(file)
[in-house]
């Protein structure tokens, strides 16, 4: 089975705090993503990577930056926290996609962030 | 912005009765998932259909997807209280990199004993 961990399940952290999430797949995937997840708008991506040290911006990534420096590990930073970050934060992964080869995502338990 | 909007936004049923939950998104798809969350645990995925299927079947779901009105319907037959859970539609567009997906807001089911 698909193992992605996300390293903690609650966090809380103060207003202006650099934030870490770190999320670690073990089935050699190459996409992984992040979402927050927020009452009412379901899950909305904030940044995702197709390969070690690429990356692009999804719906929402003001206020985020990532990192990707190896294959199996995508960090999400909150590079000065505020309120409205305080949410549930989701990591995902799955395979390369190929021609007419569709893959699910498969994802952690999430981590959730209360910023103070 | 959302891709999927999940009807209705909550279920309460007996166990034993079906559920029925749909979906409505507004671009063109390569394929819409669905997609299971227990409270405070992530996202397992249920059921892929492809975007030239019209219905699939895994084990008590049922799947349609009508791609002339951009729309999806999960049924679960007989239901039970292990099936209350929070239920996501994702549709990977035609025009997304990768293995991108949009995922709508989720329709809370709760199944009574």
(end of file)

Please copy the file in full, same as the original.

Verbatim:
[in-house]
């Protein structure tokens, strides 16, 4: 089975705090993503990577930056926290996609962030 | 912005009765998932259909997807209280990199004993 961990399940952290999430797949995937997840708008991506040290911006990534420096590990930073970050934060992964080869995502338990 | 909007936004049923939950998104798809969350645990995925299927079947779901009105319907037959859970539609567009997906807001089911 698909193992992605996300390293903690609650966090809380103060207003202006650099934030870490770190999320670690073990089935050699190459996409992984992040979402927050927020009452009412379901899950909305904030940044995702197709390969070690690429990356692009999804719906929402003001206020985020990532990192990707190896294959199996995508960090999400909150590079000065505020309120409205305080949410549930989701990591995902799955395979390369190929021609007419569709893959699910498969994802952690999430981590959730209360910023103070 | 959302891709999927999940009807209705909550279920309460007996166990034993079906559920029925749909979906409505507004671009063109390569394929819409669905997609299971227990409270405070992530996202397992249920059921892929492809975007030239019209219905699939895994084990008590049922799947349609009508791609002339951009729309999806999960049924679960007989239901039970292990099936209350929070239920996501994702549709990977035609025009997304990768293995991108949009995922709508989720329709809370709760199944009574």